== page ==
The Joint Admissions and Matriculation Board, JAMB, has come out to defend itself against the backdrop of backlashes following the announcement of admission cut off marks for 2017/2018 admissions announced on Tuesday.
The board declared the Tuesday decision was not a sole decision but rather, a unanimous decision of stakeholders in the education sector.
The JAMB Registrar, Prof. Ishaq Oloyede, who disclosed this yesterday,insisted that stakeholders in education sector jointly agreed that the minimum cut-off marks for the university degree for the 2017 academic year be put at 120, lower than the previous years, which stood at 180.
He also allayed fears being nursed by some Nigerians that the development might further lower Nigeria’s education standard.
He added that besides the board recommending cut-off marks for universities, polytechnics and colleges of education as well as monotechnics, individual institutions could raise their admission benchmark higher but not above 180 and below 120 for universities.
“With this decision, universities are not to go below the minimum 120 cut-off points adopted by the meeting for admissions,” he said, even as he insisted that there was the need for a flexible cut-off marks for admission processes by higher institutions in the country.
He said: “What JAMB did was a recommendation,we only determined the minimum, whatever the various institutions determine as their admission cut-off mark is their decisions.
The Senate and academic boards of universities should be allowed to determine their cut-off marks.“
Also reacting to the JAMB cut-off marks, Chief Afe Babalola, SAN, said: “On June 3, last year, a day after the Federal Government announced the scrapping of the Post-UTME as part of the qualifying procedure for admission into Nigerian universities, I cautioned in a write-up that was published in many Nigerian newspapers that that singular step was nothing but a calamitous mistake.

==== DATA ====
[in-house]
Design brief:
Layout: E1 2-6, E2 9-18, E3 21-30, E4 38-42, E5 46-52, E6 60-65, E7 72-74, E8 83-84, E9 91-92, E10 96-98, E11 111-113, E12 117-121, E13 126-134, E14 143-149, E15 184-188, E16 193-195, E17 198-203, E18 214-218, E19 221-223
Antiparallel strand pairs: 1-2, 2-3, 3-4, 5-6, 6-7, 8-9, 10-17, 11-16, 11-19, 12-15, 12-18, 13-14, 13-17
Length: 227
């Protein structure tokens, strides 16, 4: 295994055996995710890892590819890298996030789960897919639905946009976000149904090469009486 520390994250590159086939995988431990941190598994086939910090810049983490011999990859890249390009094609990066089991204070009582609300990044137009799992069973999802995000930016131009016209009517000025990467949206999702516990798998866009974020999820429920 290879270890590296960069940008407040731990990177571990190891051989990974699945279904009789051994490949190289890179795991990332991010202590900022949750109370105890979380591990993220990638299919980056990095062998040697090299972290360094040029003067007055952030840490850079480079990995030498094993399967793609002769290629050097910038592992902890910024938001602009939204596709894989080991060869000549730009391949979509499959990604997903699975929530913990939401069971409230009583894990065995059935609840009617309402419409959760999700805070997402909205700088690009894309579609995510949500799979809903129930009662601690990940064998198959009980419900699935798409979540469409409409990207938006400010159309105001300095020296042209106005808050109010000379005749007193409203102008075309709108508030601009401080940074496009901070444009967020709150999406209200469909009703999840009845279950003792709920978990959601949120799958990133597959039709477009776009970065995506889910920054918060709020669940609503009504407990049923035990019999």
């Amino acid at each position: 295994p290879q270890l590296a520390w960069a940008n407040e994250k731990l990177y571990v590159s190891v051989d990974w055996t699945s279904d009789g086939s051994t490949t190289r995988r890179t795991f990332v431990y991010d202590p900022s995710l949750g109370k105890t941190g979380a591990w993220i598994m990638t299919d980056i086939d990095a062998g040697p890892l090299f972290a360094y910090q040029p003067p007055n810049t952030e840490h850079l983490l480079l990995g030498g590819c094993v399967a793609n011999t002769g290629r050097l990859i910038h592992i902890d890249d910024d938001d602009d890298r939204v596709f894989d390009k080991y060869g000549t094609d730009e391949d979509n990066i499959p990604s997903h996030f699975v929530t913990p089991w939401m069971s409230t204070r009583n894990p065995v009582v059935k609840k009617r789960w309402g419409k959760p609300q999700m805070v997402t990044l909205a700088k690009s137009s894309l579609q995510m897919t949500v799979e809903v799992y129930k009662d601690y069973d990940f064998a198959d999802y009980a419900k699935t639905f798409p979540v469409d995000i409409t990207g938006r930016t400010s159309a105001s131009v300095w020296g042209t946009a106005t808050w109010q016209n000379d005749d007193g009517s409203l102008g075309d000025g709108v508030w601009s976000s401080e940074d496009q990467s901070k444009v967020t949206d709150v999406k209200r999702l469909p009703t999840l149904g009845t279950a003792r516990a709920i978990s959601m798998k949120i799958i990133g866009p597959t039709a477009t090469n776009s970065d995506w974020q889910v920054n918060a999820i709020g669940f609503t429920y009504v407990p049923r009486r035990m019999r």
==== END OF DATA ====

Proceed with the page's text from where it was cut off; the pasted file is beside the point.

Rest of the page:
“Good enough, the Federal Government, last week, rescinded that position in favour of the Senate of individual universities exercising its statutory powers of determining who qualifies to be admitted into its university.
“The euphoria that greeted the reinstatement of the Post-UTME by protagonists of quality education was still very thick in the air before the air was fouled again yesterday (Tuesday), when JAMB announced the reduction of cut off marks for students angling for admission into Nigerian universities.
“As a stakeholder in the education sector, I enjoyed good and quality primary school education when the pass mark was a minimum of 50 per cent. I am, therefore, worried and curious that this far-reaching decision could be taken without due consideration for its implication on the quality of education on offer in Nigerian tertiary institutions.
“My position is that there is an urgent need for education summit to be attended by regulators and operators as well as well-meaning stakeholders in education to diffuse this thick ice of confusion that has engulfed our education landscape.”